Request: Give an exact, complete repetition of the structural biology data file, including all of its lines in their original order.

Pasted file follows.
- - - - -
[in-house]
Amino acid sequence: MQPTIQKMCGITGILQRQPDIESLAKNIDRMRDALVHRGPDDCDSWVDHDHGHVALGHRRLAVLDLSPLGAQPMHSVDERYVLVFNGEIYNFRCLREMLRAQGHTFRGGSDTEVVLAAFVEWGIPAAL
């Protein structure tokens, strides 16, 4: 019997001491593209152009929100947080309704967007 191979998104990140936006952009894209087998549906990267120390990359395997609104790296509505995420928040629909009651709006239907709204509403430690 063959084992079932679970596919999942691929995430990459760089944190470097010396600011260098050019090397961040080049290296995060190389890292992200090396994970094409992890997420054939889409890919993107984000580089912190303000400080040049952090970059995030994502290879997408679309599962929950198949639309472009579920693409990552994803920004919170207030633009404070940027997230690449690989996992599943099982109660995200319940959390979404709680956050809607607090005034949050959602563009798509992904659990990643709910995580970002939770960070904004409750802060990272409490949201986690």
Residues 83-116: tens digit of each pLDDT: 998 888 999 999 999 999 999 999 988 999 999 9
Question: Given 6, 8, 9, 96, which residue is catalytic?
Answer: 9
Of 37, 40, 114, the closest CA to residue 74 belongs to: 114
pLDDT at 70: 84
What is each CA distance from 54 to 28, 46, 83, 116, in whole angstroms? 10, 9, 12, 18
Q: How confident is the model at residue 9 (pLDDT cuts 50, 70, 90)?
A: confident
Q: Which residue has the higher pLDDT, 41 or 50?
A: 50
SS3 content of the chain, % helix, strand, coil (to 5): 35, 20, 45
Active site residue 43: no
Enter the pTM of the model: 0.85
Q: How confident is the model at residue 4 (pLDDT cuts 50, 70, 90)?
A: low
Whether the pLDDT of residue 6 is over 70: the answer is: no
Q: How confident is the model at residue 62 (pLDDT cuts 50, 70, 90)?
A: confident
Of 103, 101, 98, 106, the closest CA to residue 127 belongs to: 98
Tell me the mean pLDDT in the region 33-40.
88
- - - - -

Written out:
[in-house]
Amino acid sequence: MQPTIQKMCGITGILQRQPDIESLAKNIDRMRDALVHRGPDDCDSWVDHDHGHVALGHRRLAVLDLSPLGAQPMHSVDERYVLVFNGEIYNFRCLREMLRAQGHTFRGGSDTEVVLAAFVEWGIPAAL
């Protein structure tokens, strides 16, 4: 019997001491593209152009929100947080309704967007 191979998104990140936006952009894209087998549906990267120390990359395997609104790296509505995420928040629909009651709006239907709204509403430690 063959084992079932679970596919999942691929995430990459760089944190470097010396600011260098050019090397961040080049290296995060190389890292992200090396994970094409992890997420054939889409890919993107984000580089912190303000400080040049952090970059995030994502290879997408679309599962929950198949639309472009579920693409990552994803920004919170207030633009404070940027997230690449690989996992599943099982109660995200319940959390979404709680956050809607607090005034949050959602563009798509992904659990990643709910995580970002939770960070904004409750802060990272409490949201986690």
Residues 83-116: tens digit of each pLDDT: 998 888 999 999 999 999 999 999 988 999 999 9
Question: Given 6, 8, 9, 96, which residue is catalytic?
Answer: 9
Of 37, 40, 114, the closest CA to residue 74 belongs to: 114
pLDDT at 70: 84
What is each CA distance from 54 to 28, 46, 83, 116, in whole angstroms? 10, 9, 12, 18
Q: How confident is the model at residue 9 (pLDDT cuts 50, 70, 90)?
A: confident
Q: Which residue has the higher pLDDT, 41 or 50?
A: 50
SS3 content of the chain, % helix, strand, coil (to 5): 35, 20, 45
Active site residue 43: no
Enter the pTM of the model: 0.85
Q: How confident is the model at residue 4 (pLDDT cuts 50, 70, 90)?
A: low
Whether the pLDDT of residue 6 is over 70: the answer is: no
Q: How confident is the model at residue 62 (pLDDT cuts 50, 70, 90)?
A: confident
Of 103, 101, 98, 106, the closest CA to residue 127 belongs to: 98
Tell me the mean pLDDT in the region 33-40.
88